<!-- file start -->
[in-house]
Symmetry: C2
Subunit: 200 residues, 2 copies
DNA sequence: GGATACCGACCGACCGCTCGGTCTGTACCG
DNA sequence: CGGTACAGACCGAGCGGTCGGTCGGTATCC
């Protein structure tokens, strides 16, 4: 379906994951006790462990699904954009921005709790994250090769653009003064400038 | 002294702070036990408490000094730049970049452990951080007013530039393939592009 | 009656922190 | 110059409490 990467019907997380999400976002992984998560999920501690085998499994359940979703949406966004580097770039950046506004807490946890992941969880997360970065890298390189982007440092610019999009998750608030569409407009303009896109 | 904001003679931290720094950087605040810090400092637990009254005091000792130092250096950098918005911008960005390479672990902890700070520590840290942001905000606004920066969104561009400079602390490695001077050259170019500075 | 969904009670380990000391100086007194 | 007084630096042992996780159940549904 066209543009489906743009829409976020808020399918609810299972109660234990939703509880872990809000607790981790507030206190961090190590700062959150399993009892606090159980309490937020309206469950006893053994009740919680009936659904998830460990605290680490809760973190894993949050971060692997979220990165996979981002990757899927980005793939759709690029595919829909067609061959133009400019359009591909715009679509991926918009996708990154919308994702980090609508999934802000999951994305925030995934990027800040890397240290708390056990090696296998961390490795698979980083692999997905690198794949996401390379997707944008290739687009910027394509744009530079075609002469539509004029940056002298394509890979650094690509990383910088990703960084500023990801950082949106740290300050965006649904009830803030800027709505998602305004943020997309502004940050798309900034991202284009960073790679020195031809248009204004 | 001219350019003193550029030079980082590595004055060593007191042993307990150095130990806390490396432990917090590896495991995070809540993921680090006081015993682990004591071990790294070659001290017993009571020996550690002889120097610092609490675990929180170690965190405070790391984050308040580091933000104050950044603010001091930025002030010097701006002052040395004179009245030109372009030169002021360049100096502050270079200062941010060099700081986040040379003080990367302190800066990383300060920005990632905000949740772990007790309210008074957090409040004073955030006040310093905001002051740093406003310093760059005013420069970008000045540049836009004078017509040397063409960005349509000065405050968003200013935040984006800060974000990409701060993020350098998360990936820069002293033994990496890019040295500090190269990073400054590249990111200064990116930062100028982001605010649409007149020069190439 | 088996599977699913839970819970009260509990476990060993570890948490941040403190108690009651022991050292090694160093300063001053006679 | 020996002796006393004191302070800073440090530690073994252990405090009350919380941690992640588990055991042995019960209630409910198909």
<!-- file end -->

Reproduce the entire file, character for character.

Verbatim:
[in-house]
Symmetry: C2
Subunit: 200 residues, 2 copies
DNA sequence: GGATACCGACCGACCGCTCGGTCTGTACCG
DNA sequence: CGGTACAGACCGAGCGGTCGGTCGGTATCC
């Protein structure tokens, strides 16, 4: 379906994951006790462990699904954009921005709790994250090769653009003064400038 | 002294702070036990408490000094730049970049452990951080007013530039393939592009 | 009656922190 | 110059409490 990467019907997380999400976002992984998560999920501690085998499994359940979703949406966004580097770039950046506004807490946890992941969880997360970065890298390189982007440092610019999009998750608030569409407009303009896109 | 904001003679931290720094950087605040810090400092637990009254005091000792130092250096950098918005911008960005390479672990902890700070520590840290942001905000606004920066969104561009400079602390490695001077050259170019500075 | 969904009670380990000391100086007194 | 007084630096042992996780159940549904 066209543009489906743009829409976020808020399918609810299972109660234990939703509880872990809000607790981790507030206190961090190590700062959150399993009892606090159980309490937020309206469950006893053994009740919680009936659904998830460990605290680490809760973190894993949050971060692997979220990165996979981002990757899927980005793939759709690029595919829909067609061959133009400019359009591909715009679509991926918009996708990154919308994702980090609508999934802000999951994305925030995934990027800040890397240290708390056990090696296998961390490795698979980083692999997905690198794949996401390379997707944008290739687009910027394509744009530079075609002469539509004029940056002298394509890979650094690509990383910088990703960084500023990801950082949106740290300050965006649904009830803030800027709505998602305004943020997309502004940050798309900034991202284009960073790679020195031809248009204004 | 001219350019003193550029030079980082590595004055060593007191042993307990150095130990806390490396432990917090590896495991995070809540993921680090006081015993682990004591071990790294070659001290017993009571020996550690002889120097610092609490675990929180170690965190405070790391984050308040580091933000104050950044603010001091930025002030010097701006002052040395004179009245030109372009030169002021360049100096502050270079200062941010060099700081986040040379003080990367302190800066990383300060920005990632905000949740772990007790309210008074957090409040004073955030006040310093905001002051740093406003310093760059005013420069970008000045540049836009004078017509040397063409960005349509000065405050968003200013935040984006800060974000990409701060993020350098998360990936820069002293033994990496890019040295500090190269990073400054590249990111200064990116930062100028982001605010649409007149020069190439 | 088996599977699913839970819970009260509990476990060993570890948490941040403190108690009651022991050292090694160093300063001053006679 | 020996002796006393004191302070800073440090530690073994252990405090009350919380941690992640588990055991042995019960209630409910198909």